Who owns the public space?” asks Linda Francis in a recent Wednesday Journal column [Viewpoints, July 17].

Francis, director of the local nonprofit Success of All Youth, writes that this question, concerning whose voices are heard and who is entitled to use resources, nags at her at times — including “during discussions of education, housing, business loss, immigration, taxes and, most recently, my reading of the One Book selection, Palaces for the People.”

As part of this summer’s One Book, One Oak Park series, we’ve been reading and discussing Palaces for the People: How Social Infrastructure Can Help Fight Inequality, Polarization, and the Decline of Civic Life, by sociologist Eric Klinenberg. Through extensive reporting, research, and field work, the author makes a case for the value of “social infrastructure,” those public, shared spaces where people routinely gather, make connections, and enrich their lives — for example, public libraries, parks, local stores, and nonprofit organizations. His research shows that strong social infrastructure supports building community and can contribute to both the quality and span of people’s lives.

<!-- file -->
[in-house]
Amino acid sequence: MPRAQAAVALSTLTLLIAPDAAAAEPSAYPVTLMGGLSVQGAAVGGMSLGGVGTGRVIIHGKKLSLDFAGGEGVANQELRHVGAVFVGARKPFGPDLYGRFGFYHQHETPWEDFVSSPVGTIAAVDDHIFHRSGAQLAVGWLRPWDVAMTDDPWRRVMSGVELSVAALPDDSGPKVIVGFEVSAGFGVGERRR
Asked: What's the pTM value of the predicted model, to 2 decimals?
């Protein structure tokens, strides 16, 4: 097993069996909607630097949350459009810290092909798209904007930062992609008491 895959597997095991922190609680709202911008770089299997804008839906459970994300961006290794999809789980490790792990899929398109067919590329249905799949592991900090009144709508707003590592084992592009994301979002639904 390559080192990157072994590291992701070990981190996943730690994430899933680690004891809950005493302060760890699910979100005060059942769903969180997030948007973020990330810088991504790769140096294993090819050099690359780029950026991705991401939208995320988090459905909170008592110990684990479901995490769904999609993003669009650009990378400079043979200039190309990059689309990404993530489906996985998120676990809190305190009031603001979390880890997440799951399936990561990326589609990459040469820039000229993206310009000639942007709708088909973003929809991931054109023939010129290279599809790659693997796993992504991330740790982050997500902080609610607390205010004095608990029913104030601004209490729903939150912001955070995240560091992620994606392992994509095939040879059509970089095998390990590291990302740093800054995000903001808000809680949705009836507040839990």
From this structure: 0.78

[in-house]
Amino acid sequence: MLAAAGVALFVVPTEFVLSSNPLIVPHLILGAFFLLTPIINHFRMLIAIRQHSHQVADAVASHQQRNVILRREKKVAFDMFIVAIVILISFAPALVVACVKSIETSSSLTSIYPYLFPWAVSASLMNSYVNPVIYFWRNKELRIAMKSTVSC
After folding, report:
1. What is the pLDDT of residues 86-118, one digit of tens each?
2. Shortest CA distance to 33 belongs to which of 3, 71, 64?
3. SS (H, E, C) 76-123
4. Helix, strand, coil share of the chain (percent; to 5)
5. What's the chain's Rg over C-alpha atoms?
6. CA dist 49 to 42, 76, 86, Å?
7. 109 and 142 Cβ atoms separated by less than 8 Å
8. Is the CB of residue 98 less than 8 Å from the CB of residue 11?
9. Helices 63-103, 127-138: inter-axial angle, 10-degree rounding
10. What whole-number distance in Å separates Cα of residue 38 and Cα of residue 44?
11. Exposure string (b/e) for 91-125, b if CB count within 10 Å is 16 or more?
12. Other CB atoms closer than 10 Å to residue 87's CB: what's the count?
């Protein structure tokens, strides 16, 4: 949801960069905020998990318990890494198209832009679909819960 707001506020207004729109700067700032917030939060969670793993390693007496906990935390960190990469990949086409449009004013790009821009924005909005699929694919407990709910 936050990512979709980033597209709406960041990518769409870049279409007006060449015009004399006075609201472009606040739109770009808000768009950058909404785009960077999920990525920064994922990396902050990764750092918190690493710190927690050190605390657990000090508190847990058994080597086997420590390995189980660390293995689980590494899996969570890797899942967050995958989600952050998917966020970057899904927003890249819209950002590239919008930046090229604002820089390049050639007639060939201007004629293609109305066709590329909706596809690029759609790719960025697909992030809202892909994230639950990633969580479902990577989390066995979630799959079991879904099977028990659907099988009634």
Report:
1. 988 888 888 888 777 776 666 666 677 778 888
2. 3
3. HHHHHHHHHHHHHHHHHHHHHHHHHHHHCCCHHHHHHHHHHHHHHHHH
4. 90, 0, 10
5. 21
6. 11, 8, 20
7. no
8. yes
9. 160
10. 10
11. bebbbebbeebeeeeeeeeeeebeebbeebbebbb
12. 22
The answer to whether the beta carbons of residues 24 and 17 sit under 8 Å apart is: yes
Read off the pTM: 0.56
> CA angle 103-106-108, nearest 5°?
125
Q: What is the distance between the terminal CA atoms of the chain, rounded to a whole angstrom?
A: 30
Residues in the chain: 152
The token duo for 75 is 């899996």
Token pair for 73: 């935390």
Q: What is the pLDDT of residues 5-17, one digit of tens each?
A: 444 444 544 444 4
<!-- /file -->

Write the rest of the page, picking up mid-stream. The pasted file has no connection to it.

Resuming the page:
If building community is something that interests you, we encourage you to check out Palaces for the People, read Linda Francis’ column in this paper, and join us on Wednesday, Aug. 7, at 7 p.m., as we conclude this summer’s One Book series with a wrap-up panel discussion in the Oak Park Public Library Veterans Room, 834 Lake St.

Francis will be one of the panelists exploring ideas and actions about public space, social infrastructure, and community building. 

More voices on the panel include Charles Donalson, rap artist and Oak Park and River Forest High School graduate, featured in the documentary America to Me; Phillip Jimenez, president and CEO of the West Cook YMCA; Frances Kraft, co-founder of the Oak Park Equity Team; Jan Arnold, executive director of the Park District of Oak Park; and Antonio Martinez Jr., president and CEO of the Oak Park-River Forest Community Foundation. 

Please join us for a thought-provoking evening, and find more information at oppl.org/one-book.

Juanita Harrell is Oak Park Public Library’s One Book coordinator and Health & Wellness librarian.

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